What a wonderful event! This is the first year I have been able to watch the entire event (with one more day of debates to come tomorrow) and I am thoroughly enjoying it. This year rather than Canada Reads being about which books you love the most the purpose is for the panelists to decide which book is most likely to incite social change.
The books in the running are The Year of the Flood by Margaret Atwood (eliminated on day one), Half-Blood Blues by Esi Edugyan (eliminated on day two), Annabel by Kathleen Winter (eliminated on day three), Cockroach by Rawi Hage, and The Orenda by Joseph Boyden.
The debaters are very animated and passionate about the books they are championing and I believe that is why the event is so good. It’s not about emotions running high or seeing someone disappointed because they were unable to sway the other panelists to vote in favour of the book they’re championing. It’s about seeing the affects that books have on people. It’s about knowing that other people care about the written word. It’s about seeing a passion similar to what I feel for my favourite books in another person.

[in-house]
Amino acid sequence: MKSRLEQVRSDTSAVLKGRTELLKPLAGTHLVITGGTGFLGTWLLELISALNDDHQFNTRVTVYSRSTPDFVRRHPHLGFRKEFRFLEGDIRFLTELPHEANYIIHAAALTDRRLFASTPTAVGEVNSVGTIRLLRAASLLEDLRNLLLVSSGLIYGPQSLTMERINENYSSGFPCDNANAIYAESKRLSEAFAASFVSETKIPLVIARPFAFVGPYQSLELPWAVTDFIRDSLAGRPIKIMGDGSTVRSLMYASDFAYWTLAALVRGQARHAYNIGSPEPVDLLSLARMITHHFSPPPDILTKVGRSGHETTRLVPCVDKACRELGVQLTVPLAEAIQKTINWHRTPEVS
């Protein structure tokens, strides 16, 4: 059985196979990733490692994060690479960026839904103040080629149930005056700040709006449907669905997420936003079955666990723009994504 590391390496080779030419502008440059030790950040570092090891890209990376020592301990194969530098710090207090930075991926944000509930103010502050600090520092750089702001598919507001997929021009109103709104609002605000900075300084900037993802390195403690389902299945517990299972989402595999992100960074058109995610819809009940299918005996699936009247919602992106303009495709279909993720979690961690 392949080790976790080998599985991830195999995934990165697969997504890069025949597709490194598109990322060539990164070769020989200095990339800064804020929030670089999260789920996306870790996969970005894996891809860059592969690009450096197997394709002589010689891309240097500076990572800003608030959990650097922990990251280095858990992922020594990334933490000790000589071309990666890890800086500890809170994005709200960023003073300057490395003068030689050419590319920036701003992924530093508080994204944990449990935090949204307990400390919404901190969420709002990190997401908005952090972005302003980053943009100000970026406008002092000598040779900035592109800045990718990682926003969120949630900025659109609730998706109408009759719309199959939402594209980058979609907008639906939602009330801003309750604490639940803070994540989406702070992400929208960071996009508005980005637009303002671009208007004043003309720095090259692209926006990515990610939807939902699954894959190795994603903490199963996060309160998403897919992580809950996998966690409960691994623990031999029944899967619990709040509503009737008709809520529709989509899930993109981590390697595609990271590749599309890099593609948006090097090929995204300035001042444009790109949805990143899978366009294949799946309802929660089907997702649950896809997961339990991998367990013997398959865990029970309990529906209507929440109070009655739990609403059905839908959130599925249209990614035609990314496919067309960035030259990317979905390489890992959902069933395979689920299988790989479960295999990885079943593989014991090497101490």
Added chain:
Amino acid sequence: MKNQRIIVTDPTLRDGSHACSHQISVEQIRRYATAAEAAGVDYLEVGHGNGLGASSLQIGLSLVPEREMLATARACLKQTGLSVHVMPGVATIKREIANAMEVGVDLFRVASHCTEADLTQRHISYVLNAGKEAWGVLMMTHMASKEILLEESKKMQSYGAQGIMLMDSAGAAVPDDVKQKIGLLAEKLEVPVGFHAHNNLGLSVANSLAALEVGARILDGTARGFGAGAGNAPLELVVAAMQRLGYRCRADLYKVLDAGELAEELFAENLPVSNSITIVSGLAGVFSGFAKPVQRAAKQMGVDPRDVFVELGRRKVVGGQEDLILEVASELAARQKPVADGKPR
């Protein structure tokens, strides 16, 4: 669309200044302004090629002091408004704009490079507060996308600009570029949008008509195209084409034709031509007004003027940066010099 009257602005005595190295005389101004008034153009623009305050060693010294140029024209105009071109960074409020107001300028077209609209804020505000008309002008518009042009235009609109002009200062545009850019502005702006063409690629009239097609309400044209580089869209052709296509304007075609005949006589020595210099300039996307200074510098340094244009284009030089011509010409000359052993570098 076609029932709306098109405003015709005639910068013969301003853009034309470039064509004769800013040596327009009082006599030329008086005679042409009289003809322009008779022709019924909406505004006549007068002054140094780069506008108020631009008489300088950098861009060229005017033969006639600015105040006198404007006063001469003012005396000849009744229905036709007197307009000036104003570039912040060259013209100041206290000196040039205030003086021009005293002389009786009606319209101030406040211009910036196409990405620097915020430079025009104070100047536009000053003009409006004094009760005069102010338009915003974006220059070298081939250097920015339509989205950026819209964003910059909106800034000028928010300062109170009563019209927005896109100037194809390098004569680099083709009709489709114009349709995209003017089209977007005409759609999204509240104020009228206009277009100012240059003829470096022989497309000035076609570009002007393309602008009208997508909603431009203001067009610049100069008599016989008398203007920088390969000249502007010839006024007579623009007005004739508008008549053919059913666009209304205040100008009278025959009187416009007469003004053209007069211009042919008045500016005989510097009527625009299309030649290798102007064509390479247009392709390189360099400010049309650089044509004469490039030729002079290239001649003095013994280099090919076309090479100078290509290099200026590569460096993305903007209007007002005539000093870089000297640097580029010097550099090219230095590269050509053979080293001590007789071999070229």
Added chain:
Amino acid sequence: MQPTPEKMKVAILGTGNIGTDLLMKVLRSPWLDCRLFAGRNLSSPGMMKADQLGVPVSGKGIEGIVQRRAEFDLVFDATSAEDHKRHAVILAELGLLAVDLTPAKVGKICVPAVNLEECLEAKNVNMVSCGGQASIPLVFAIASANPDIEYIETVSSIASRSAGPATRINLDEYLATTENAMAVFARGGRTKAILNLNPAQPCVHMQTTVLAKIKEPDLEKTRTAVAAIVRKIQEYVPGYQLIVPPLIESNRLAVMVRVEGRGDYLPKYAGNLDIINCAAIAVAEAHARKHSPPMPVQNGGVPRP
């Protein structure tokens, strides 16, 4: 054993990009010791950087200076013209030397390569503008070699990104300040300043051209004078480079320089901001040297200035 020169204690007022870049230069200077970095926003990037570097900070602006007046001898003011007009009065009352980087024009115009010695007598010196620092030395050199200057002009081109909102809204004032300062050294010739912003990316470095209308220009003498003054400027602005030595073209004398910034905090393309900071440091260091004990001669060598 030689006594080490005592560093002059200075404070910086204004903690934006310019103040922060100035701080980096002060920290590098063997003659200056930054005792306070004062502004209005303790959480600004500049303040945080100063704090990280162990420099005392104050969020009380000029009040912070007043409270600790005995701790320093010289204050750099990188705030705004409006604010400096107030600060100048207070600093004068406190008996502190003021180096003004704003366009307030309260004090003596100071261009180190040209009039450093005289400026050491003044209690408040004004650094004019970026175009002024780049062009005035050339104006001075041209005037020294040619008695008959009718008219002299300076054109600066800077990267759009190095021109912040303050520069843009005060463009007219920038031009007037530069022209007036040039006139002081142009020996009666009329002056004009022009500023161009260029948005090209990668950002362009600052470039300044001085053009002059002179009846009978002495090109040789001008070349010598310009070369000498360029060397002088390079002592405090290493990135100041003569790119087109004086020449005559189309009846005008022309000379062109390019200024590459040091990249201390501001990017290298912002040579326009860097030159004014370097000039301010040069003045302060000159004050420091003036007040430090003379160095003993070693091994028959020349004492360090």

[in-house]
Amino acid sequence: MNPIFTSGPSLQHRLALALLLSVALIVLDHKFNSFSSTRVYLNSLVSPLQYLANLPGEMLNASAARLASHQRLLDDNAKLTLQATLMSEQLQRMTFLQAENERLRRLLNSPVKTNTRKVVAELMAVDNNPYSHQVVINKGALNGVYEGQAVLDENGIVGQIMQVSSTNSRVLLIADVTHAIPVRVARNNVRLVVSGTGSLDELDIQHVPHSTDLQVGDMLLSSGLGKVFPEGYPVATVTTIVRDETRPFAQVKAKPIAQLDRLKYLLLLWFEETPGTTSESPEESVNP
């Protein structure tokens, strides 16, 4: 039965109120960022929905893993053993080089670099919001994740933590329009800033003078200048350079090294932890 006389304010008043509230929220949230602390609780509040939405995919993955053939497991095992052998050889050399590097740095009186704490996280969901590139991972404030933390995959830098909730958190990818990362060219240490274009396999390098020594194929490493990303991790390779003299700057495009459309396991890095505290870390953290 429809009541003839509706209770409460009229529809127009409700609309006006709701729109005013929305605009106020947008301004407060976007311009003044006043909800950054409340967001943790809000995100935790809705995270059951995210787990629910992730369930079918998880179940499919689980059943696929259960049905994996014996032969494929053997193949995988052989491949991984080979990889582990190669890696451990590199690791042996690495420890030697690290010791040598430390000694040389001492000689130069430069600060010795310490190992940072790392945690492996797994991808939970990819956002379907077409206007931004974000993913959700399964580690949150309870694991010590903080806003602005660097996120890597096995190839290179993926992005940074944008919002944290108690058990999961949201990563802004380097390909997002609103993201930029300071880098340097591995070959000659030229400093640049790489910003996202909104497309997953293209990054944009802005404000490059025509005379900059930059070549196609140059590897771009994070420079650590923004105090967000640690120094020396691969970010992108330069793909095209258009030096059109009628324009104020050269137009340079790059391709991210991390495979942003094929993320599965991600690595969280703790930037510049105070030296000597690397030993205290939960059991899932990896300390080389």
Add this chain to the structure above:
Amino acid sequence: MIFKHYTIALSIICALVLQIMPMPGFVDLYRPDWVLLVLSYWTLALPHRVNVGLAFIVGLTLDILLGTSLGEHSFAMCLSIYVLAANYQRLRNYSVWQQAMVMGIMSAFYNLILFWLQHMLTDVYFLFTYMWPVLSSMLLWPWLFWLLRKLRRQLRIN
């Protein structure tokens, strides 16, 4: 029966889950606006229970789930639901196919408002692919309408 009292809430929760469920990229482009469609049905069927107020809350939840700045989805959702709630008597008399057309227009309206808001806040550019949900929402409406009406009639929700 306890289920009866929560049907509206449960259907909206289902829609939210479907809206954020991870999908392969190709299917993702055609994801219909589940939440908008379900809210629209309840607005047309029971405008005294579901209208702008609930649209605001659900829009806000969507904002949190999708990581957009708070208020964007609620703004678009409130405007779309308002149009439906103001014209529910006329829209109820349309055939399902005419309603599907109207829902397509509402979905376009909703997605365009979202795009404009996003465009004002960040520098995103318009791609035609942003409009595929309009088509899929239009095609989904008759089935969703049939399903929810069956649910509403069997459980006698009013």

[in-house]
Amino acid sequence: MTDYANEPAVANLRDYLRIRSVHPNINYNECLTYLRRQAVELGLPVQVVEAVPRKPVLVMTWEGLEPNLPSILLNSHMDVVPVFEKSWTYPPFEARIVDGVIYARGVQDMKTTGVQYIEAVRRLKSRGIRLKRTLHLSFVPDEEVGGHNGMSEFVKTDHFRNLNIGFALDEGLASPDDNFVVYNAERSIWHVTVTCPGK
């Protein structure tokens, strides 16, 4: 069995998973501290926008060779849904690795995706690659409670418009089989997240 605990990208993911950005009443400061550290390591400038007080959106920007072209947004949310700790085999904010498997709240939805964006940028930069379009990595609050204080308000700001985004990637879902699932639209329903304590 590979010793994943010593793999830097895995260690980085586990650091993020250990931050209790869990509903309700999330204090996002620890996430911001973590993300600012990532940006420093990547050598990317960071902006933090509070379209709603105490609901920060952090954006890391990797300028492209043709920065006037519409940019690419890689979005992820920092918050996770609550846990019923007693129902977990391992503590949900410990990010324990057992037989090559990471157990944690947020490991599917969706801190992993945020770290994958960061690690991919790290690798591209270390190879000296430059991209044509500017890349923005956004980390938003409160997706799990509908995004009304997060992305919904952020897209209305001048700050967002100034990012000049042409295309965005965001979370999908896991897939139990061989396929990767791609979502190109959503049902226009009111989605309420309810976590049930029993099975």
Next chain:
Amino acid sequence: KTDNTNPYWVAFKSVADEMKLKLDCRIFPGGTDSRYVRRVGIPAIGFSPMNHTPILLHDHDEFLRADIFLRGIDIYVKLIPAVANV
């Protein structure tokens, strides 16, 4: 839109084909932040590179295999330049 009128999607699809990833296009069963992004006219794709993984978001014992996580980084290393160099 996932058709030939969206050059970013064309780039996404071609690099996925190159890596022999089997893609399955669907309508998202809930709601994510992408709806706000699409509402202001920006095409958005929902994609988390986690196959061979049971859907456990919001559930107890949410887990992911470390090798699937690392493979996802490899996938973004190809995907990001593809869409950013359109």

To be honest I think the Canada Reads competition is flawed in that it’s impossible to rank a book above or below another on such a grand scale because reading is such a personal experience. But I would never argue against the competition. At the end of the day its purpose is to promote books, to promote reading and to promote (and provoke) discussions and that is never a bad thing.